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CDP position on CDDY/IVDD: A common mutation with implications for dog welfare

Recently, the Functional Dog Collaborative released an episode of the Functional Breeding Podcast in which FDC founder Jessica Hekman DVM, PhD interviewed UC Davis Professor Danika Bannasch DVM, PhD about her work on the CDDY mutation. If you haven’t listened yet, and you are a breeder or someone interested in functional breeding, we encourage you to do so now. There is a link at the bottom of this post. As a result of the recent podcast, CDDY/IVDD has been a hot topic among the breeders of CDP and others the last few months.

Chondrodystrophy/ Intervertebral Disc Disease (CDDY/IVDD) is an inherited disease of dogs that causes leg shortening to varying degrees, along with premature degeneration and calcification of the cartilage discs that connect the vertebrae and function as shock absorbers for the spine. In some cases, these degenerative changes result in herniation of one or more discs into the spinal cord, causing  inflammation, pain, and sometimes paralysis. The disease is associated with a genetic mutation in the FGF4 gene on canine chromosome 12 and is inherited in a dominant manner meaning only one copy is needed to create the disease.  There is variation in how much individual dogs are affected by the disease, and the likelihood of disc herniation may be breed or mix dependent. It is unclear exactly which factors increase the risk of disc herniation in dogs with the mutation, and how much the function of dogs without herniation is affected by calcification of discs. However, it is clear from available evidence that virtually all dogs with at least one copy of the mutation will have disc changes that have the potential to cause pain and affect quality of life. 

Many breeders, until recently, were unaware of the risk of pain in all  dogs with this mutation. Whether and how many dogs with the mutation actually have pain is controversial and the existing evidence is insufficient. It has been conventional wisdom for some time that unless a dog experienced a disc herniation, they were not affected by this disease. In the FDC podcast, Dr Bannasch explained her research findings about early degenerative changes in virtually all dogs with the mutation, and her concerns about pain being potentially overlooked by breeders and owners of these dogs.

Understandably, many breeders with affected dogs are deeply concerned about how to proceed, and breeders without affected dogs are wondering if they should avoid adding this mutation to their lines.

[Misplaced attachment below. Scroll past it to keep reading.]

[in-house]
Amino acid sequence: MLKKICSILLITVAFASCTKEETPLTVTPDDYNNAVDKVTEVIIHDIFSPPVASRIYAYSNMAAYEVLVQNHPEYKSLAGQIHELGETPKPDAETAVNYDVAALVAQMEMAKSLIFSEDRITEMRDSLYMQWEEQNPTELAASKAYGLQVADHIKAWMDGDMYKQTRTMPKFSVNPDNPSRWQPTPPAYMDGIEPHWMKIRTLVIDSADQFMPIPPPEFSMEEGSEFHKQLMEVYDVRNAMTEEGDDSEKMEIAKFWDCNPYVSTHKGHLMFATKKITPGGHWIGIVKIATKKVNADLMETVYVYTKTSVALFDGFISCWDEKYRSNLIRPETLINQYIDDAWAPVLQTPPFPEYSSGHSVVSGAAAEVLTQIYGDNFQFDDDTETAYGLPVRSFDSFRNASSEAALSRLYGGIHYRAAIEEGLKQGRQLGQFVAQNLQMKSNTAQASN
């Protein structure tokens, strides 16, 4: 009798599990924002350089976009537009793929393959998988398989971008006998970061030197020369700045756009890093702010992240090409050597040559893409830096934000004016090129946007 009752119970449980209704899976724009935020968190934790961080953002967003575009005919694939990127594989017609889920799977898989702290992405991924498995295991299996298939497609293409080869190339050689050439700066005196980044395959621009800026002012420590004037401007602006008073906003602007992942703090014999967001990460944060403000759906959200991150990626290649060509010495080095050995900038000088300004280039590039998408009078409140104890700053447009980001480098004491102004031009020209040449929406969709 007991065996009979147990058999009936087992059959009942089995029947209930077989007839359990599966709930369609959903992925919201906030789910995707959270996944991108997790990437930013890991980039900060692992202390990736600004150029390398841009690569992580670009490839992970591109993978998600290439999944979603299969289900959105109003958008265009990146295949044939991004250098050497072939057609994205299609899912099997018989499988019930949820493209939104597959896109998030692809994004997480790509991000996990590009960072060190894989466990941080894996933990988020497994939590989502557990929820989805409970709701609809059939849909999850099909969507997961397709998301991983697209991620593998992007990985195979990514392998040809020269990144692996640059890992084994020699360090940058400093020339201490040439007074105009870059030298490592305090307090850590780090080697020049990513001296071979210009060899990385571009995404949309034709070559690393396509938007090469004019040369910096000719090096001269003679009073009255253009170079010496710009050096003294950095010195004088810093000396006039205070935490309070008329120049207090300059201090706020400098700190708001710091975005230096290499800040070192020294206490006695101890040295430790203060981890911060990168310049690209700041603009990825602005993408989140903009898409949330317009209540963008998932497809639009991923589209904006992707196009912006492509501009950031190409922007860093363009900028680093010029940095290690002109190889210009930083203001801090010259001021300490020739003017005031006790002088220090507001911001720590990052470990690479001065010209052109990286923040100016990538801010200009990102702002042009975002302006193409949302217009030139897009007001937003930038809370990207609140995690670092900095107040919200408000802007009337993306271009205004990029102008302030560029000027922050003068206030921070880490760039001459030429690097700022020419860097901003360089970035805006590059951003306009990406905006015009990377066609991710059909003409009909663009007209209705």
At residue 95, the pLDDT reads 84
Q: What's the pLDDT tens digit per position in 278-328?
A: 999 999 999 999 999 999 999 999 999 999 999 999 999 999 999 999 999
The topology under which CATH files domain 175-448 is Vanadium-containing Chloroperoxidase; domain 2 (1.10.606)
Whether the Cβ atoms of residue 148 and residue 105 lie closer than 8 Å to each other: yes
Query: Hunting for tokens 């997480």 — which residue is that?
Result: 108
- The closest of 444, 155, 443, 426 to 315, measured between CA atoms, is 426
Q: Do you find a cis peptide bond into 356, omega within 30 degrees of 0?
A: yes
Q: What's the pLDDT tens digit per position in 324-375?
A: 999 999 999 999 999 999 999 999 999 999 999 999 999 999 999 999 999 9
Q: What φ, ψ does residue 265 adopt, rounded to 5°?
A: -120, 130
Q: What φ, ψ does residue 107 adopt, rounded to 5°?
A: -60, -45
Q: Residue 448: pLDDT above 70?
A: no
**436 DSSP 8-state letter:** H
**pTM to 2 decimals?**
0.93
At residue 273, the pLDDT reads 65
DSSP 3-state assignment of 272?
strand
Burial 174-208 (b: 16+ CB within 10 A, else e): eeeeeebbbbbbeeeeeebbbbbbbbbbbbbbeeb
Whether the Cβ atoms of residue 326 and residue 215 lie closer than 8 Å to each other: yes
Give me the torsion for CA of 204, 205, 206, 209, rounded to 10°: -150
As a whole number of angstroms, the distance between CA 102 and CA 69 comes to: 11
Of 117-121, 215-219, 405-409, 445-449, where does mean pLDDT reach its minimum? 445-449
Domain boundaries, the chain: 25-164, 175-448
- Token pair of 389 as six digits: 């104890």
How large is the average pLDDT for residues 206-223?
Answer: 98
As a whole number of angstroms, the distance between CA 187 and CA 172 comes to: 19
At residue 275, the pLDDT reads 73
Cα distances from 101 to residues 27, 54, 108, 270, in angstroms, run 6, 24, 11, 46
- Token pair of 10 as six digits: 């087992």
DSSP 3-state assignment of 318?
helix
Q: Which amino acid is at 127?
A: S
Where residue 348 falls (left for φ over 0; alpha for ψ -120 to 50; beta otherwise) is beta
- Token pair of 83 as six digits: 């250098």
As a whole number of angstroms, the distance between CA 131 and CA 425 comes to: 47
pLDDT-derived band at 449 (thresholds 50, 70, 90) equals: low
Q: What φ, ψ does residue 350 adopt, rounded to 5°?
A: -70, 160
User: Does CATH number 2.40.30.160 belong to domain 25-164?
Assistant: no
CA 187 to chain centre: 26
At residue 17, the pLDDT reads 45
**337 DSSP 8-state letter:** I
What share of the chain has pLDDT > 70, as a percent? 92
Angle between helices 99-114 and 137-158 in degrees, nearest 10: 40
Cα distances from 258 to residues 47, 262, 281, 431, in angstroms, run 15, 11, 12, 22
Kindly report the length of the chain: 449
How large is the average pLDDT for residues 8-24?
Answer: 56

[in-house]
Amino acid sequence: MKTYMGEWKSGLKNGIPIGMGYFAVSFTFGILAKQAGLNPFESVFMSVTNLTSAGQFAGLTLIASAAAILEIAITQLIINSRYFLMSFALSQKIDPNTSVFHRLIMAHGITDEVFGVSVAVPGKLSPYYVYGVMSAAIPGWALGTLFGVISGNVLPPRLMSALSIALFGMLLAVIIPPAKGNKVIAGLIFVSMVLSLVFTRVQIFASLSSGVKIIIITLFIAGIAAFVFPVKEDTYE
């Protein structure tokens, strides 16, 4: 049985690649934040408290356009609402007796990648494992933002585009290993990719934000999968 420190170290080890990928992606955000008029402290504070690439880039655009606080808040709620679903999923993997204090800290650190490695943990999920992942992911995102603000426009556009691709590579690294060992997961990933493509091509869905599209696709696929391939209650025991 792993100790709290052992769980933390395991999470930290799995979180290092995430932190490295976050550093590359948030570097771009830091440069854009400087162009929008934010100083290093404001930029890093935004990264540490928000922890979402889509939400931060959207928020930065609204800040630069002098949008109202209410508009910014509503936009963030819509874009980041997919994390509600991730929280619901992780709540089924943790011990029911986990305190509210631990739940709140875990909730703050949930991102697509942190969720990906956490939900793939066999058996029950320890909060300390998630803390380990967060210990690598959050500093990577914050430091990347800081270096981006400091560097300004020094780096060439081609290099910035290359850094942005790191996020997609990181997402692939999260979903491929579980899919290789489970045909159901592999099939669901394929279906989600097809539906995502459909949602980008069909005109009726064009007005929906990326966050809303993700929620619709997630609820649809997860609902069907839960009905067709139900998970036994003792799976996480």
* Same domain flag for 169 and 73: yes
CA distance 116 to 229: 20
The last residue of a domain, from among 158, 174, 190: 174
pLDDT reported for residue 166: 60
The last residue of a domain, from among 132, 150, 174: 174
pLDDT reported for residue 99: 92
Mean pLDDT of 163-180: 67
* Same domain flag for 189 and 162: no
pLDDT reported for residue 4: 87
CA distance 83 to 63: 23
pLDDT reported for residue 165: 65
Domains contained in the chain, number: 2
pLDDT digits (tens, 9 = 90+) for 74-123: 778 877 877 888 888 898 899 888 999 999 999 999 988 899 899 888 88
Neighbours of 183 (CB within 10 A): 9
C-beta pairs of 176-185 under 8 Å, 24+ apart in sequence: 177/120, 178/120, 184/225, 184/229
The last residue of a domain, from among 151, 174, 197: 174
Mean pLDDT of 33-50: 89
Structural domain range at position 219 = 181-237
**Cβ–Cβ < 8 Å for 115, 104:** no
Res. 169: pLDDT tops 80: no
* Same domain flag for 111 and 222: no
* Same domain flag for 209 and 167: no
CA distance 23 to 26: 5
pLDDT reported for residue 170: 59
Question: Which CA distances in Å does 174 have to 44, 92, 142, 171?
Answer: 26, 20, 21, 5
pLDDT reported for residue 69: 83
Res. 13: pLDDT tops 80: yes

The prevalence of the CDDY mutation in many breeds is overwhelming. In some breeds, including many small and medium breeds well suited to companion dog breeding, virtually all dogs carry one or two copies. Eliminating all of these dogs from the canine gene pool immediately would not be possible or helpful. If every CDDY/IVDD dog was eliminated from breeding immediately, a significant portion of existing canine genetic diversity would be lost, and many wonderful pet dog qualities, like those seen in Cavalier King Charles Spaniels, could be lost forever. 

Many apparently unaffected dogs exist with CDDY/IVDD. There are  actively competing sports dogs and working dogs with the mutation who do not display any evidence of disease. Owners report that many affected dogs are functional and mobile into old age with no evidence of pain. We believe this is true. We also believe that  a mutation known to be deleterious with no known functional benefit should be bred away from over time, even if its effects on any given individual dogs are not obvious or are non existent. The risk of pain and herniation outweighs the importance of perpetuating a mutation with no known benefit.

The Companion Dog Project supports the following strategies for the breeding of dogs with the CDDY/IVDD mutation when done as part of a defined strategy to remove the mutation over time, with full disclosure to potential  puppy seekers and owners, as defined below. 

Dogs bred in a manner consistent with these guidelines are eligible for registration in the Companion Dog Registry.

  1. All breeding dogs should be tested for CDDY/IVDD prior to breeding

  2. Breedings  that produce affected puppies should be part of a defined strategy to eliminate CDDY/IVDD, with the goal of producing breeding prospects, not simply for the production of pets

  3. Until further evidence is available about the prevalence of pain in CDDY affected dogs is available, litters in which every puppy is expected to be homozygous for CDDY will not be eligible for CDR registration

  4. Puppy buyers should be made aware of the risk of CDDY/IVDD affected puppies prior to placing deposits

  5. All puppies in affected litters should be tested prior to placement, and status should be considered in placement decisions

  6. Puppy buyers should be provided with educational materials outlining their individual puppies status, and when applicable, strategies for preventing injuries, and signs of pain to assess for 

  7. Puppy owners should be encouraged to share educational information with their veterinarian

It is the mission of the Companion Dog Project to set the standard for dogs bred to be family pets. We believe that by following these strategies responsible breeders can preserve the wonderful qualities we treasure in so many CDDY/IVDD affected dogs while improving the health of their future progeny, and setting an example for others about how to improve canine welfare through ethical breeding.  

Here is a link to the Functional Breeding Podcast about CDDY:

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